Many of the modern breeds we have today owe their lineage to a dog known as Old Hemp – a tri-colour Border Collie from West Woodburn, Northumberland owned by Adam Telfer. Born in 1893, Old Hemp’s father, Roy was a white and tan sheepdog with a good-natured temperament while Hemp’s mother, Meg, was a quiet and very strong-eyed black sheepdog. Hemp was a true working dog who herded sheep but unlike any other sheepdogs of the era. He was far more mild-mannered and worked more quietly that the rest, squatting down and hypnotizing the sheep with its powerful stare – a trait which the modern Border Collies of today inherited.

Border Collie Temperament

The Border Collie is a highly intelligent breed of dog. It has an amazing instinct, well aware of its surroundings and has an ability to work unsupervised. This extraordinary ability makes it the world’s best sheepdog. It makes for a good watch dog and guardian because it will bark and alert its owners around strangers or when it sees any danger. It is also highly protective of its family and highly adaptable to all types of weather conditions.

They are represented in various dog sports, outclassing competitors in agility skills, obedience competition, sheepdog trials and Frisbee contests.

Border Collie Training

Considered as probably the most intelligent among all domestic dogs, the Border Collie is an easy dog to train. It is known to listen to commands and obey without a lot of repetitions from the trainer. This breed can be receptive but early socialization as a puppy is the key to prevent bashfulness. A firm and confident pack leader is required to handle this dog because it has a tendency to challenge its owner’s authority because of its intelligence.


The smooth or rough double coat requires regular grooming to keep the hair healthy and the skin free from allergies. Trimming or stripping is not required for the Border Collie. It is a moderate shedder so routine brushing is advisable.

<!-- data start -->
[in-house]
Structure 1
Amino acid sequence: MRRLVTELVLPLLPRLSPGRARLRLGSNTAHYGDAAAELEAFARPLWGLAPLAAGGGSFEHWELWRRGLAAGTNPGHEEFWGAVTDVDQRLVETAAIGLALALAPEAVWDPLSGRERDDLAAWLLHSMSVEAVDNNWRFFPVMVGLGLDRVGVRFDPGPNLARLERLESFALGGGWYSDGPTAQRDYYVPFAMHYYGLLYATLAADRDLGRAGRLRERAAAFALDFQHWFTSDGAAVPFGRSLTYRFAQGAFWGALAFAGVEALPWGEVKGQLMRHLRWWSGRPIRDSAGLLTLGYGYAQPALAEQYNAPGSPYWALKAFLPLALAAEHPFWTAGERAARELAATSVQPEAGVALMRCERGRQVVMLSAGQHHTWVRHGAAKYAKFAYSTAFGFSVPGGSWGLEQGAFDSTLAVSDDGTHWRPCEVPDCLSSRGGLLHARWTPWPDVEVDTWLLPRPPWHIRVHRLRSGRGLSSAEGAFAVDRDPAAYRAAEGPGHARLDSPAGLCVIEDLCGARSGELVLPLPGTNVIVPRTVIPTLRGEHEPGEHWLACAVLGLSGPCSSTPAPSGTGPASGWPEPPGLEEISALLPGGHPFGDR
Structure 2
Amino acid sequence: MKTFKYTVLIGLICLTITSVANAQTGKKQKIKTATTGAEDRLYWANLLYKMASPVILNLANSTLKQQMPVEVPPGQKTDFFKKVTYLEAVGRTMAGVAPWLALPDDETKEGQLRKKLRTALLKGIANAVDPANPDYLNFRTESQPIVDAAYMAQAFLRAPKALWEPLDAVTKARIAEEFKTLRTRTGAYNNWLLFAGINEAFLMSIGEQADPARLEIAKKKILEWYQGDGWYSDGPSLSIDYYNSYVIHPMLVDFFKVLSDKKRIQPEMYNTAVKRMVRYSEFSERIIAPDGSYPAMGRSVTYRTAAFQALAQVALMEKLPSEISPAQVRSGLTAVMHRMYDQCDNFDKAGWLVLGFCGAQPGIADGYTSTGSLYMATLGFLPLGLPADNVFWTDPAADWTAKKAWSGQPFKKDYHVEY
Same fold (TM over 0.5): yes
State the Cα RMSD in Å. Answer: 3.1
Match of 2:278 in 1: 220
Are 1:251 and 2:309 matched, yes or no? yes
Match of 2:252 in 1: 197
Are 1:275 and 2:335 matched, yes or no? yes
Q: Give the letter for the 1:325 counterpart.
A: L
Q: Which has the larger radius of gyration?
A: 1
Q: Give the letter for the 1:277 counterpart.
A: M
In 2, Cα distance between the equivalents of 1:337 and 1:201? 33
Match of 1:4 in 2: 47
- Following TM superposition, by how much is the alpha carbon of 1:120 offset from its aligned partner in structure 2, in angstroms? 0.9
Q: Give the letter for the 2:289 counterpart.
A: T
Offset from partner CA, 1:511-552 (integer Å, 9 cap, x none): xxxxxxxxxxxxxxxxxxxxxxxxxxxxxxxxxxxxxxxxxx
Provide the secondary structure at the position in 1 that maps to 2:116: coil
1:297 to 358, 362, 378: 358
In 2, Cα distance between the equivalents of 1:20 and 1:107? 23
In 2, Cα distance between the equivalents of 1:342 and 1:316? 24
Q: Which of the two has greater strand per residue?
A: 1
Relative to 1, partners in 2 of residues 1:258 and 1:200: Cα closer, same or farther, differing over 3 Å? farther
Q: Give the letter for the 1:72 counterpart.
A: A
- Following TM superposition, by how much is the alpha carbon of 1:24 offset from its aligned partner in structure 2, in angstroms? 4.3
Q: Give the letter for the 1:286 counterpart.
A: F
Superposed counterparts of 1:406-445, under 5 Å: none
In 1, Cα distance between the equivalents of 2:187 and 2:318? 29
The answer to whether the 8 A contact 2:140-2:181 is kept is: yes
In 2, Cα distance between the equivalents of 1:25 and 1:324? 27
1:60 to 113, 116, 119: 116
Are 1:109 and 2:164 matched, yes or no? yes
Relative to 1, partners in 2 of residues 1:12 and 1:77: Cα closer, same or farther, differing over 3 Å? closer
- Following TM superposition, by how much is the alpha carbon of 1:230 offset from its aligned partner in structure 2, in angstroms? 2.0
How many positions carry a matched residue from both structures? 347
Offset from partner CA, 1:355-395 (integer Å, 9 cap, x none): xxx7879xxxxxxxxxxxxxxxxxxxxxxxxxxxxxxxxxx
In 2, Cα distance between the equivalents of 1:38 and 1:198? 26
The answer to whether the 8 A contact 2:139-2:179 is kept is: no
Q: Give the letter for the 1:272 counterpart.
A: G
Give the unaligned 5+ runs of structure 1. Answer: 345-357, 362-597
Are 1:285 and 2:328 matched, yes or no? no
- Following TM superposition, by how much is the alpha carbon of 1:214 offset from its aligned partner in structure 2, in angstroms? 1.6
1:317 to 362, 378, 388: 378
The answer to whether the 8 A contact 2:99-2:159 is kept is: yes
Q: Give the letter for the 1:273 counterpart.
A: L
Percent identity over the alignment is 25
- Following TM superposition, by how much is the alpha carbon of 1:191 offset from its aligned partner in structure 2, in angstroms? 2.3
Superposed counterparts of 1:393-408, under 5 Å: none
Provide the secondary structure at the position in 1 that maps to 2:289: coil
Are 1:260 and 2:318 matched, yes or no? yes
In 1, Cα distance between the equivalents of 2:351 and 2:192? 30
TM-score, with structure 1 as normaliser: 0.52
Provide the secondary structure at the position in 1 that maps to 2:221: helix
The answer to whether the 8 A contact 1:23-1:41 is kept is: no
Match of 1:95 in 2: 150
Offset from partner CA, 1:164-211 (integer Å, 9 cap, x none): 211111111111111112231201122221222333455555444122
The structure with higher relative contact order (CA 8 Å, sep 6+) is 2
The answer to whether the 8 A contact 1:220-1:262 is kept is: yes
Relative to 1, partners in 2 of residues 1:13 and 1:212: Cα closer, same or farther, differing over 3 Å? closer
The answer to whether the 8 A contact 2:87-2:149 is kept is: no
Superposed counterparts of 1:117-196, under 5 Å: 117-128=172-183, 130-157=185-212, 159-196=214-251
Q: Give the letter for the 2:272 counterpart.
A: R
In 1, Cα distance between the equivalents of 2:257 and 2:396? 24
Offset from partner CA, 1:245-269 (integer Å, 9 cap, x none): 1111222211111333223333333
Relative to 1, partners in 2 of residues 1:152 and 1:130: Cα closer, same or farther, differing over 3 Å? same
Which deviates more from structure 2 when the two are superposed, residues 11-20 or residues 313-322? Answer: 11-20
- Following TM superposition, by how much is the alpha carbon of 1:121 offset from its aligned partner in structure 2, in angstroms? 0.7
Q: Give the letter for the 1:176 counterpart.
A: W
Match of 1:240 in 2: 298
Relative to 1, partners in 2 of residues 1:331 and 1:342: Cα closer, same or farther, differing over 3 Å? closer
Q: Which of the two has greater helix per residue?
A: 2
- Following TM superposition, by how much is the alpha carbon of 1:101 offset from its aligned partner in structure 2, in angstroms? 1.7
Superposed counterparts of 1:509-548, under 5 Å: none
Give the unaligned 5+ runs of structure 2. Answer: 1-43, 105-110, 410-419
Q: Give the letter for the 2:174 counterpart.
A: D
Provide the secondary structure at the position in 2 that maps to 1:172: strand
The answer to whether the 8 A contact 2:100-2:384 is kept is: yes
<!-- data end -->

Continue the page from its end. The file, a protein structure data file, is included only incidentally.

Border Collies can live between 10 and 14 years. The average lifespan being 12 years. Common health problems include:

  • Canine Hip dysplasia, an abnormal formation of the hip socket which can cause pain and crippling lameness
  • Collie eye anomaly (CEA), a congenital, inherited eye disease
  • Epileptic seizures
  • Hearing loss or deafness, pigment associated, found in some puppies.
  • Adult onset hearing loss, where the dog lose its hearing during adulthood
  • Neuronal ceroid lipofuscinosis (NCL), a rare but serious ailment found on show dogs which cause severe neurological impairment and early death
  • Trapped Neutrophil Syndrome (TNS), a hereditary disease of the bone marrow

Border Collie Exercise Needs

The Border Collie is a very active breed and will need daily exercise to remain healthy. An hour of play in a large yard, a long walk or running alongside a bike is an ideal exercise. It is, however, not suited to an apartment life because it is an active breed. The best home for the Border Collie is a home with a large yard where it can frolic every day.

Children and other pets

It is a caring, playful, energetic and protective breed which suits very well with children and other pets. First time dog owners will find the Border Collie a lovable dog to be with. With enough exercise, the Border Collie will get along well with other animals, although sometimes they may show dominance towards other dogs of the same sex, but a firm and confident pack leader can overcome this aggressive behaviour.